Ecuador has declared a state of emergency for the Galapagos islands.
Oil from a wrecked tanker is threatening the beaches which are home to rare species.
The spill began last week near the islands, 600 miles off Ecuador's coast. By Monday, some 170,000 gallons of diesel fuel had poured from the disabled tanker.
The government's emergency declaration was meant to allow for quick allocation of funds to help pay for the clean-up.
Some 30 Galapagos National Park employees in small motor boats began the slow task of skimming the water's surface around the tanker to clean slicks of diesel.
But that small fleet could not address a larger problem. Experts are monitoring intermittent slicks within a 488-square-mile area.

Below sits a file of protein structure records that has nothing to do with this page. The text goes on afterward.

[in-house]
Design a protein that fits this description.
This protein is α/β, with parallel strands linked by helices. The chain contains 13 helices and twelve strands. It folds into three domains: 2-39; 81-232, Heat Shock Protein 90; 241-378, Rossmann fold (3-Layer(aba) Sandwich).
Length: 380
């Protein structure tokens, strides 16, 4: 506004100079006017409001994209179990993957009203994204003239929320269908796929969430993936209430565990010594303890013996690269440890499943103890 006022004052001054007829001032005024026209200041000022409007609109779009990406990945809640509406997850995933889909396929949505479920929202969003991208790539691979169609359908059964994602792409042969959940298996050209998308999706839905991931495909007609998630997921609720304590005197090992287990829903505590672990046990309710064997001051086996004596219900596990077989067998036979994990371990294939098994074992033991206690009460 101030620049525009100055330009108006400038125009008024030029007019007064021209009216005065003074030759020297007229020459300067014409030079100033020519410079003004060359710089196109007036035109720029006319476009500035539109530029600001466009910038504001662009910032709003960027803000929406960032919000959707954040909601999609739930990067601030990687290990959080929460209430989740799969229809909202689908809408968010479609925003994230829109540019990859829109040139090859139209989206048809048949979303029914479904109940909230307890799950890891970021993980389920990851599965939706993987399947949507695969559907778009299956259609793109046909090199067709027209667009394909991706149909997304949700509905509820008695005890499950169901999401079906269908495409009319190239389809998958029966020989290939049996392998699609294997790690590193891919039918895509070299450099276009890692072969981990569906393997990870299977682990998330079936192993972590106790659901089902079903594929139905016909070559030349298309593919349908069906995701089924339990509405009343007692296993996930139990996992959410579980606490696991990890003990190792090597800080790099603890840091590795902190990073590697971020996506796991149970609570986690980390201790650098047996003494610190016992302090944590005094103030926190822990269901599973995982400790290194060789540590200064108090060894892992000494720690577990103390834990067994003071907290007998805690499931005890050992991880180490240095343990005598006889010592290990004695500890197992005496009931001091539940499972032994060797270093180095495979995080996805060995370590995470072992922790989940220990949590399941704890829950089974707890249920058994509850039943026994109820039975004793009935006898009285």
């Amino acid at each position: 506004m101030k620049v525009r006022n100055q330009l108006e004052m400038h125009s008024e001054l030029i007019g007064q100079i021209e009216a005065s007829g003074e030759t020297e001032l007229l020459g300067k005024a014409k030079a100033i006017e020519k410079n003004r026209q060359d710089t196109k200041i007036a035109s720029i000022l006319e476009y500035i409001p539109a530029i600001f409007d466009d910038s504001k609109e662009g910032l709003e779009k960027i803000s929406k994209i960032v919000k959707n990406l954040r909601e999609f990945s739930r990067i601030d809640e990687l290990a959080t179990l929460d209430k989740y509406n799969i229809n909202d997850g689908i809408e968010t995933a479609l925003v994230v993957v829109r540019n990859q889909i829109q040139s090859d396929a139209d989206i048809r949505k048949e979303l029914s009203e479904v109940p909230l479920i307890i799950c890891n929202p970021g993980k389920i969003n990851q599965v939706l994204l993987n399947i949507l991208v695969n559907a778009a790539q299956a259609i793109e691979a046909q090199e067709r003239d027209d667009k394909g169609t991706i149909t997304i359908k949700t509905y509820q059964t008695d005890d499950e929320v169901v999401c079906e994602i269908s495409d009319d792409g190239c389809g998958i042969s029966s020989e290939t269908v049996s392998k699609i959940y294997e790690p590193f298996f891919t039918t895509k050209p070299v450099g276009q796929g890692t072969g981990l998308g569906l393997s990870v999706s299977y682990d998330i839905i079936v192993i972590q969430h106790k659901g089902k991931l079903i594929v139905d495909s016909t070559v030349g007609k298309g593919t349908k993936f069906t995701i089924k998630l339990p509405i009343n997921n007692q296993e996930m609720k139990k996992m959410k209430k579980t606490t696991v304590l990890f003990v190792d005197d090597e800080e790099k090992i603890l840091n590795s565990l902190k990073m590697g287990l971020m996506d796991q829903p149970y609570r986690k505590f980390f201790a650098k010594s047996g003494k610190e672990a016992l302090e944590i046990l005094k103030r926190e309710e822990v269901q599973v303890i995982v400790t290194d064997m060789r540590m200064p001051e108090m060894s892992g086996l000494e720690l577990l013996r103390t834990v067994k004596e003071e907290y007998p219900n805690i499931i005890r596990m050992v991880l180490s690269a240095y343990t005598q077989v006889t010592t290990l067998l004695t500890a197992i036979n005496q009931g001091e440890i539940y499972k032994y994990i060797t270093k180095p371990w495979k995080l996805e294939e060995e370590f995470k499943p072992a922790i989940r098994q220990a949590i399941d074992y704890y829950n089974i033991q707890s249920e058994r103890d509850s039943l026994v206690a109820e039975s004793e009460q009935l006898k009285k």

Currents pushed the fuel to the south and - more alarmingly - west toward the bulk of islands in the volcanic Galapagos chain, a fragile ecosystem populated by animal and plant species found nowhere else in the world.
The problem began on January 16, when the Ecuadorean tanker Jessica ran aground in pounding surf off San Cristobal Island, the easternmost island in the Galapagos archipelago.
Ecuadorean Environment Minister Rodolfo Rendon told the Associated Press that some 60,000 gallons has been recovered from the damaged tanker. A team of US coast guard specialists recovered another 10,000 gallons leaving only about another 10,000 gallons inside.
Carlos Valle, co-ordinator of the WWF's Galapagos programme in Ecuador, said the damage could be grave for the hundreds of sea lions and thousands of iguanas that populate Santa Fe.